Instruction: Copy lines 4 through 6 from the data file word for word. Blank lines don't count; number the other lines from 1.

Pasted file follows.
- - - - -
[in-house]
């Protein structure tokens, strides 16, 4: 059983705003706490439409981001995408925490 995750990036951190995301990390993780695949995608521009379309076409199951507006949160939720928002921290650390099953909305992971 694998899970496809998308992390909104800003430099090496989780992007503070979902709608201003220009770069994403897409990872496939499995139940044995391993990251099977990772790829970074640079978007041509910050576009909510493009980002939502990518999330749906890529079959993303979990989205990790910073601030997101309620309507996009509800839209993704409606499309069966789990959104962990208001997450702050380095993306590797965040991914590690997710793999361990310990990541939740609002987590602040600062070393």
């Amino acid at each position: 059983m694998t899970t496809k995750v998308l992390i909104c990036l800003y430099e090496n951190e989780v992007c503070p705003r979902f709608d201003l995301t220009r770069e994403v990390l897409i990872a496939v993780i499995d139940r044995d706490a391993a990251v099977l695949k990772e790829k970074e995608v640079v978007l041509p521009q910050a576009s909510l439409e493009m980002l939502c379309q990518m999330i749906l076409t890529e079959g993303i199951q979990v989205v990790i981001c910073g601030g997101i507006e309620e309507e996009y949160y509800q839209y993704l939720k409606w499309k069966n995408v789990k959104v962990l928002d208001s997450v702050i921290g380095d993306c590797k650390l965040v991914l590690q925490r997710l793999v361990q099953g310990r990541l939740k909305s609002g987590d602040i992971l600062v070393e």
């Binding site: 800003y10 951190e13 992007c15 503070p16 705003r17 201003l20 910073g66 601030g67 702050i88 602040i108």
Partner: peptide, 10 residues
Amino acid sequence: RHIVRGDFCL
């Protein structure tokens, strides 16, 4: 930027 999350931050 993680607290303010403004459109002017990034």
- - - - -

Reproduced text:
């Binding site: 800003y10 951190e13 992007c15 503070p16 705003r17 201003l20 910073g66 601030g67 702050i88 602040i108």
Partner: peptide, 10 residues
Amino acid sequence: RHIVRGDFCL